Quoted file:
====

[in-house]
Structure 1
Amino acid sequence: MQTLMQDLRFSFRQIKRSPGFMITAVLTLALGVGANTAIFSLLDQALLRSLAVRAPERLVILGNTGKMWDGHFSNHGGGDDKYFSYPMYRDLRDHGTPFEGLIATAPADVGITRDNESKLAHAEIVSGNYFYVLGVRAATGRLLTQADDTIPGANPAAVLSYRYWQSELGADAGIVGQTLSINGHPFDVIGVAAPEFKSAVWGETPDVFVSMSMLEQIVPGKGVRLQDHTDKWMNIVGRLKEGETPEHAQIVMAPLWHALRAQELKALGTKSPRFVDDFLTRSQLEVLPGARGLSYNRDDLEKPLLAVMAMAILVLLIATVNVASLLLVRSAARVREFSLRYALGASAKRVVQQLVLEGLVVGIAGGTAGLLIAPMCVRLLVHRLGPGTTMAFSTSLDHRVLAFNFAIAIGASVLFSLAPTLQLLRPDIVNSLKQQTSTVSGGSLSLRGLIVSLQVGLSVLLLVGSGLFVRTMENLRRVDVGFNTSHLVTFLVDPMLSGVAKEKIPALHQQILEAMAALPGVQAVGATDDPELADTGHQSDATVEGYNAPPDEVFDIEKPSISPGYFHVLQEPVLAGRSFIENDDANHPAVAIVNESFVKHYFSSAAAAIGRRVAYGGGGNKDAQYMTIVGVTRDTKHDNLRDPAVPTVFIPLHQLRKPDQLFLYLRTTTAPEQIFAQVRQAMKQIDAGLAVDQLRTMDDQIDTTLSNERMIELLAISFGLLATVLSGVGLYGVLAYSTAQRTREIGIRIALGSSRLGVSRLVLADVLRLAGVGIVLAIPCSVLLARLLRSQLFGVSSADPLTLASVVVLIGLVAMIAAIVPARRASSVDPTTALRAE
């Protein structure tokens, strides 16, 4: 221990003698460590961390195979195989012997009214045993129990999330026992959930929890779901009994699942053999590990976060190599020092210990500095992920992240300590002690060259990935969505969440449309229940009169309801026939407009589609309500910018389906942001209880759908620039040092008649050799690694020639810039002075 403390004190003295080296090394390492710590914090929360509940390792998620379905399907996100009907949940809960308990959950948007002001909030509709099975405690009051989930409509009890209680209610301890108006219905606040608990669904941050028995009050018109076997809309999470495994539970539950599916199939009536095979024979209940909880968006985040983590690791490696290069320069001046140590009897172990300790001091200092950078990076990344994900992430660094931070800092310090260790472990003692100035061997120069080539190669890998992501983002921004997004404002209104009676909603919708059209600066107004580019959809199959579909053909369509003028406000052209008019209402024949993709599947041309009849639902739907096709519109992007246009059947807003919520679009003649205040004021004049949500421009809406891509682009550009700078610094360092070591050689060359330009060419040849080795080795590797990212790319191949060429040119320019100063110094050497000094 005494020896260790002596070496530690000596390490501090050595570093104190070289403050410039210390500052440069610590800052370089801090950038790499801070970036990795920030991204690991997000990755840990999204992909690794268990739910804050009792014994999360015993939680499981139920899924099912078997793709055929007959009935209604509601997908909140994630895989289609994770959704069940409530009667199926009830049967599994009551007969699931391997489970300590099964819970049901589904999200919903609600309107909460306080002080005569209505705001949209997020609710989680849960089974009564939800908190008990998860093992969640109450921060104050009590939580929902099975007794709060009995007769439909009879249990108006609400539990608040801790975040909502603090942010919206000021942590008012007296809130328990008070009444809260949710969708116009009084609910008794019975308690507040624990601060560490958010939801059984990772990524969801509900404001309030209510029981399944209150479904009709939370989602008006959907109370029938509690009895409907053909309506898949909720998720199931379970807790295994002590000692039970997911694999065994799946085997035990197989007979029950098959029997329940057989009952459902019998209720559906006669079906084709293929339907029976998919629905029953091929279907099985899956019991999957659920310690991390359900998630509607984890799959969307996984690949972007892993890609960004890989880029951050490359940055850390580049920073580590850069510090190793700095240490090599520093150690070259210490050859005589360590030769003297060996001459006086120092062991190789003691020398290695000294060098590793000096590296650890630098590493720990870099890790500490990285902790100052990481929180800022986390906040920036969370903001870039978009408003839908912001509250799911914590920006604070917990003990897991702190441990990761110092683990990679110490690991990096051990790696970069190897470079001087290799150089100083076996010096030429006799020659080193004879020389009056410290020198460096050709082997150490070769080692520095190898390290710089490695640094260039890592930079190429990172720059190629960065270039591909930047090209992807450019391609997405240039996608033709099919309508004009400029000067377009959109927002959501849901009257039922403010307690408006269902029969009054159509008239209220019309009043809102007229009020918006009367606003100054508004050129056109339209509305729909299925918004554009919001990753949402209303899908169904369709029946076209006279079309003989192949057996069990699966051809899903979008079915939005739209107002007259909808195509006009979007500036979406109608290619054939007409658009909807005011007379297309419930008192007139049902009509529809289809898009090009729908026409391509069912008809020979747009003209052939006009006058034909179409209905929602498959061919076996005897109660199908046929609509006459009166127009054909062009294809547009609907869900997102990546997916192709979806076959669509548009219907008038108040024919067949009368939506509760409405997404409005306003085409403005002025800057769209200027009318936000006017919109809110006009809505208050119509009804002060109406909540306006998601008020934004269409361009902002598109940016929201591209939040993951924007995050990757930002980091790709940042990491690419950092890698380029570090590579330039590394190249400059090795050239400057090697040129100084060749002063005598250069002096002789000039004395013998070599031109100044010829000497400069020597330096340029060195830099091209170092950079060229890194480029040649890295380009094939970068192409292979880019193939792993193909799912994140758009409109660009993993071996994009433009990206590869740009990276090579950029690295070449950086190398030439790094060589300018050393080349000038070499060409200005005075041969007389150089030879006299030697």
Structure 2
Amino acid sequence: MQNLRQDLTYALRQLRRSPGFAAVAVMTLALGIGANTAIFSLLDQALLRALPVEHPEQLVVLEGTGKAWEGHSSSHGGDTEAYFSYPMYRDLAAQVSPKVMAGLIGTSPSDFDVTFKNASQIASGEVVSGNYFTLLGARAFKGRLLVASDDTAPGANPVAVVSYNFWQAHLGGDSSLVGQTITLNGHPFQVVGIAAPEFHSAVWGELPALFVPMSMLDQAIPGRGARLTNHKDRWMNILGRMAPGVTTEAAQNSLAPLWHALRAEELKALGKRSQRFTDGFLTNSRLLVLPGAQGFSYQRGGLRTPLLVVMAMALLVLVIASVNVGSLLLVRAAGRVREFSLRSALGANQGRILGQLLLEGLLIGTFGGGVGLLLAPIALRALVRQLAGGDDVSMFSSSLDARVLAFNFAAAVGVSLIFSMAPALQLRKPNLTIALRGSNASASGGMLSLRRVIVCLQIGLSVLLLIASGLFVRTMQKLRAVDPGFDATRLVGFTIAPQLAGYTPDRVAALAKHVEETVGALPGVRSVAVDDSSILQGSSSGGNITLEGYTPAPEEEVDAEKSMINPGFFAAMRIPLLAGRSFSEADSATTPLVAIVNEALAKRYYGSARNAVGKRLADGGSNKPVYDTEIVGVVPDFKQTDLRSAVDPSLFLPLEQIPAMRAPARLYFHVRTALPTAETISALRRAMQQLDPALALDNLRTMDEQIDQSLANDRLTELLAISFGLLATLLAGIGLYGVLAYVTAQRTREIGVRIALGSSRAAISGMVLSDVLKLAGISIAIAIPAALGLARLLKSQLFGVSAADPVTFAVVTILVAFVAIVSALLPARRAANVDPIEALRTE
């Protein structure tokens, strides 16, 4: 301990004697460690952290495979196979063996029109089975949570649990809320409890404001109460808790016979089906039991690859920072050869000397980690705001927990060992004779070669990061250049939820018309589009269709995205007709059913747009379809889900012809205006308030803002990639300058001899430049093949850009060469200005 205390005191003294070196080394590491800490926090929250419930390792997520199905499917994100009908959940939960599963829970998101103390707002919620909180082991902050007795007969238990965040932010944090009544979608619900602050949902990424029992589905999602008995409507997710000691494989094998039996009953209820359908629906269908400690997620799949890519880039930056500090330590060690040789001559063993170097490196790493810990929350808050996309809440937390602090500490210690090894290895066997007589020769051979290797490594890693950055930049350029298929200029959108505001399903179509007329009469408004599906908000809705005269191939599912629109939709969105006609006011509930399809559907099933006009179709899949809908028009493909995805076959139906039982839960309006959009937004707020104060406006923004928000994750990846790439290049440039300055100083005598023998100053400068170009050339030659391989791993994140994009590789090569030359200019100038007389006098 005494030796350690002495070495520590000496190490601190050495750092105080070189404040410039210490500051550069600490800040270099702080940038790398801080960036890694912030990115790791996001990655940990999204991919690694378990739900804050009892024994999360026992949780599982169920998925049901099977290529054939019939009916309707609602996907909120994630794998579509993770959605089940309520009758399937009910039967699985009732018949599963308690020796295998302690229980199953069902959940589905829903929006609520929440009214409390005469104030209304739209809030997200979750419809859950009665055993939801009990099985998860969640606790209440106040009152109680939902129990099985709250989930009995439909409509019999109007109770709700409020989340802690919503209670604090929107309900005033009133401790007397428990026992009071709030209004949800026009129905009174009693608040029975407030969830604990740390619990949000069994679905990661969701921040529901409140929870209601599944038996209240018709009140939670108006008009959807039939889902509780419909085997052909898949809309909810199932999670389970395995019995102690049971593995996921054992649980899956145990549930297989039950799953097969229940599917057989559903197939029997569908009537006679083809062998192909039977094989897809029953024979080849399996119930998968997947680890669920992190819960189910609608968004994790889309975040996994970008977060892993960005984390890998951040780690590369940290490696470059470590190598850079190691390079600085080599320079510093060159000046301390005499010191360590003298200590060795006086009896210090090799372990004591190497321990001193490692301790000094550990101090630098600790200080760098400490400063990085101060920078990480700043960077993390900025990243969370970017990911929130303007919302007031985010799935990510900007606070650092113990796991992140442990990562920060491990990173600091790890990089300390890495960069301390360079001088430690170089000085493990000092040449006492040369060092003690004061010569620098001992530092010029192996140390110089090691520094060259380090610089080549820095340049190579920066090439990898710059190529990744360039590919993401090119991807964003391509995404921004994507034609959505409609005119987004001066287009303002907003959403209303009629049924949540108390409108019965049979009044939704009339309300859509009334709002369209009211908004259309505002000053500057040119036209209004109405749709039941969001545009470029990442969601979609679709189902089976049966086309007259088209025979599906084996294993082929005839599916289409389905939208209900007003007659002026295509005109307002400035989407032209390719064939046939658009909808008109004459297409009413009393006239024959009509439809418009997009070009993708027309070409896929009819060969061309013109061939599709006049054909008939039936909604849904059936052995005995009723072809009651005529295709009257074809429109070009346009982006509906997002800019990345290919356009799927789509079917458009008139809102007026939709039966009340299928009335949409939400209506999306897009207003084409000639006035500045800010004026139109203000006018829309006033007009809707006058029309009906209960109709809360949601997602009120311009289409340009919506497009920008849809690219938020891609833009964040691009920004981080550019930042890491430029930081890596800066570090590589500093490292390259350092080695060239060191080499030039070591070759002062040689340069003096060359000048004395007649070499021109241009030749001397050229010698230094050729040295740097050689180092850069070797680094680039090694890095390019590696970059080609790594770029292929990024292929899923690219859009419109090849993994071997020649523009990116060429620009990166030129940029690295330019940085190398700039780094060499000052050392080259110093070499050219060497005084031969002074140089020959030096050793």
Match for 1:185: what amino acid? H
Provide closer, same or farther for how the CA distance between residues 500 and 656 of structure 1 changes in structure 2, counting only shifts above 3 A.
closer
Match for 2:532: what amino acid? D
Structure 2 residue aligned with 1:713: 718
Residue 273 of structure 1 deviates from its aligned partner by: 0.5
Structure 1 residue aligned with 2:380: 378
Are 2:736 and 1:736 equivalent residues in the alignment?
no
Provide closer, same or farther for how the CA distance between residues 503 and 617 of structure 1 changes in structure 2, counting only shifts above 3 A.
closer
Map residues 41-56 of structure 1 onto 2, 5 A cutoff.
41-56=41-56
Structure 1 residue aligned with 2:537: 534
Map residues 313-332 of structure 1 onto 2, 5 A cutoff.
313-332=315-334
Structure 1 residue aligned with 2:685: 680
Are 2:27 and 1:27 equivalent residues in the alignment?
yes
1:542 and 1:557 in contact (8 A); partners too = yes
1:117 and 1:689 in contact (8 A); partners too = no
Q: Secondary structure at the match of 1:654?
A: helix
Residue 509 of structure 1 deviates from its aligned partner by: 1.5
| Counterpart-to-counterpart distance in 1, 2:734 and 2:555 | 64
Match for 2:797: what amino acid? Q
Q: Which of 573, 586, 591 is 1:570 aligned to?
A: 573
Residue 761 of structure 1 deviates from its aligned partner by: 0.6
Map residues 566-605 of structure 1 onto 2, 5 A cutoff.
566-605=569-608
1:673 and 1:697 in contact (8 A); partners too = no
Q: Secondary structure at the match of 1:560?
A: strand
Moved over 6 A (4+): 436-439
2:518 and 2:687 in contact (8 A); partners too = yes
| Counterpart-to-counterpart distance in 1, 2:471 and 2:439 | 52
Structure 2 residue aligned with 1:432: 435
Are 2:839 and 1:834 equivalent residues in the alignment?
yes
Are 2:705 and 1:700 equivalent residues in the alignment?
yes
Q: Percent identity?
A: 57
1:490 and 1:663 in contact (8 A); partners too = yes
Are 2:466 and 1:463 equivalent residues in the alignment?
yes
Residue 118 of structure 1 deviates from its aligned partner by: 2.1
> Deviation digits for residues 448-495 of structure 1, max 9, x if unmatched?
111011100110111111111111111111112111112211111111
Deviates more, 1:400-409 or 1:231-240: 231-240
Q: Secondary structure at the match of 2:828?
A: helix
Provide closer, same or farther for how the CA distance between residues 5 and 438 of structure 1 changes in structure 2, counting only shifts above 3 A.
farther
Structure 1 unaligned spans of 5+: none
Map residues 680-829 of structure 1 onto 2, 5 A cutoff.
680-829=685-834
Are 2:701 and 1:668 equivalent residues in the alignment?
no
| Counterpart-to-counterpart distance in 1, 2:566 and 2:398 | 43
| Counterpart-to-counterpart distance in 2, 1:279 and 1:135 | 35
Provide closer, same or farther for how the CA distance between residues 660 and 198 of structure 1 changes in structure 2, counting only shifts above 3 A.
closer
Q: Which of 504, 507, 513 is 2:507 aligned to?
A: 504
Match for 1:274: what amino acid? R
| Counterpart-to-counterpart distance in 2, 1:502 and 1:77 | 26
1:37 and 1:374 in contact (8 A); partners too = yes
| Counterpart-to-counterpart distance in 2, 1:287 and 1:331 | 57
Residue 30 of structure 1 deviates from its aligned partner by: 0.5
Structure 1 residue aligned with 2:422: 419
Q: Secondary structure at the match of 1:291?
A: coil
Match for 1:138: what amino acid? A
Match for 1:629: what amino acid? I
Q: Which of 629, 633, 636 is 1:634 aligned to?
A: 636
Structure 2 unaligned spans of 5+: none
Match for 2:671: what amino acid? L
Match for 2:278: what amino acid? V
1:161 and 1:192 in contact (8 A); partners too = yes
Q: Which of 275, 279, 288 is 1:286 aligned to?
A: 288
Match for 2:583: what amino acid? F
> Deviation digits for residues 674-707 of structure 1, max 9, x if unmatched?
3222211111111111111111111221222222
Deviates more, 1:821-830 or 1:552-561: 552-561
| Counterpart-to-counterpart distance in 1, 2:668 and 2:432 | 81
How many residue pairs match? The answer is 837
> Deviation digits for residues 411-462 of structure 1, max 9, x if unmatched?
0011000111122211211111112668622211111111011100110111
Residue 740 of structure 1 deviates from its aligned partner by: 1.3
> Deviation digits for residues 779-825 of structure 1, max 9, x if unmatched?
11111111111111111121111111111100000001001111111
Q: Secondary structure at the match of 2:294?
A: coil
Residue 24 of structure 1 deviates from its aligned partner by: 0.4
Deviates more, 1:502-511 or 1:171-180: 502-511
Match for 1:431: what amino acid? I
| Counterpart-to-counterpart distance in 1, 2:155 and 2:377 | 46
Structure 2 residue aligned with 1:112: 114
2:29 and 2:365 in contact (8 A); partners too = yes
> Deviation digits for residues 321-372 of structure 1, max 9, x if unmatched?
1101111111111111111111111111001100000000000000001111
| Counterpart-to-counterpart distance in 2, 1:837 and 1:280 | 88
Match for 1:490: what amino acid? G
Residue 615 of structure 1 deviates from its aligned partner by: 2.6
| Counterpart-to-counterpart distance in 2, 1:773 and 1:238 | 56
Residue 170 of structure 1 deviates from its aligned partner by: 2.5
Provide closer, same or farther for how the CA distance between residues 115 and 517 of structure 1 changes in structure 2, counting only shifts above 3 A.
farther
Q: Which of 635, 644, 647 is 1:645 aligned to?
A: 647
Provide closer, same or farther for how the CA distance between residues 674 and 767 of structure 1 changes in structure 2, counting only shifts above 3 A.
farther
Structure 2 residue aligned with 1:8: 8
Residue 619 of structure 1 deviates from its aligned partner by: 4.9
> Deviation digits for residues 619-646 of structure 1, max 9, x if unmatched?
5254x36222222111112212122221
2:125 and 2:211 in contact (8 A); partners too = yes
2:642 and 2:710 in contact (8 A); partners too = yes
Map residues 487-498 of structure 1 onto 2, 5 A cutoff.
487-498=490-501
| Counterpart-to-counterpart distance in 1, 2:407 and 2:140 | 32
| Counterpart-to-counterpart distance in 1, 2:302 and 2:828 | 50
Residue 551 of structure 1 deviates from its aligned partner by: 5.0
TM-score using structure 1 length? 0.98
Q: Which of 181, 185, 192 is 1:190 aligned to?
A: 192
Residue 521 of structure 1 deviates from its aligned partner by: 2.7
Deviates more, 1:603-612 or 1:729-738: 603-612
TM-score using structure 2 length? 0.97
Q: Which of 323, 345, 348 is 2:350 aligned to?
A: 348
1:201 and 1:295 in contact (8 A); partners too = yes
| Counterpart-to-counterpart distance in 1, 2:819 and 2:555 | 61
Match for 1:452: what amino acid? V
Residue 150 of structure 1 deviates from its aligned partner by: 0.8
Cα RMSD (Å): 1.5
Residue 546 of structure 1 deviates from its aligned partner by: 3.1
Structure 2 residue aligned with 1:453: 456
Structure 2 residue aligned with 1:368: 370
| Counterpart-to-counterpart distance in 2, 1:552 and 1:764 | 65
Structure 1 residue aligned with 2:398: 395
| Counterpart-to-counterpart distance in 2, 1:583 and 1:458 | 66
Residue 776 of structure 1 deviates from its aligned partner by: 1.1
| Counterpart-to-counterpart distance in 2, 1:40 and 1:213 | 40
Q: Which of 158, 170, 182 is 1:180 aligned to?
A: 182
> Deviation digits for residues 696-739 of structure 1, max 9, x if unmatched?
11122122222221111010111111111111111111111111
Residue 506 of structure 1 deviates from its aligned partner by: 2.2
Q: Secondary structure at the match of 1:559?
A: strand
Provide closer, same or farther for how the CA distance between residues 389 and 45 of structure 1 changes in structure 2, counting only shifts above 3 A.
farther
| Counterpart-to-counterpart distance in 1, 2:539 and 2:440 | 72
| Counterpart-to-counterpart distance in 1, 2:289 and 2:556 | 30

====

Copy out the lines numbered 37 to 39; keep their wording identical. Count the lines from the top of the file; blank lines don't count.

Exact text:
Map residues 566-605 of structure 1 onto 2, 5 A cutoff.
566-605=569-608
1:673 and 1:697 in contact (8 A); partners too = no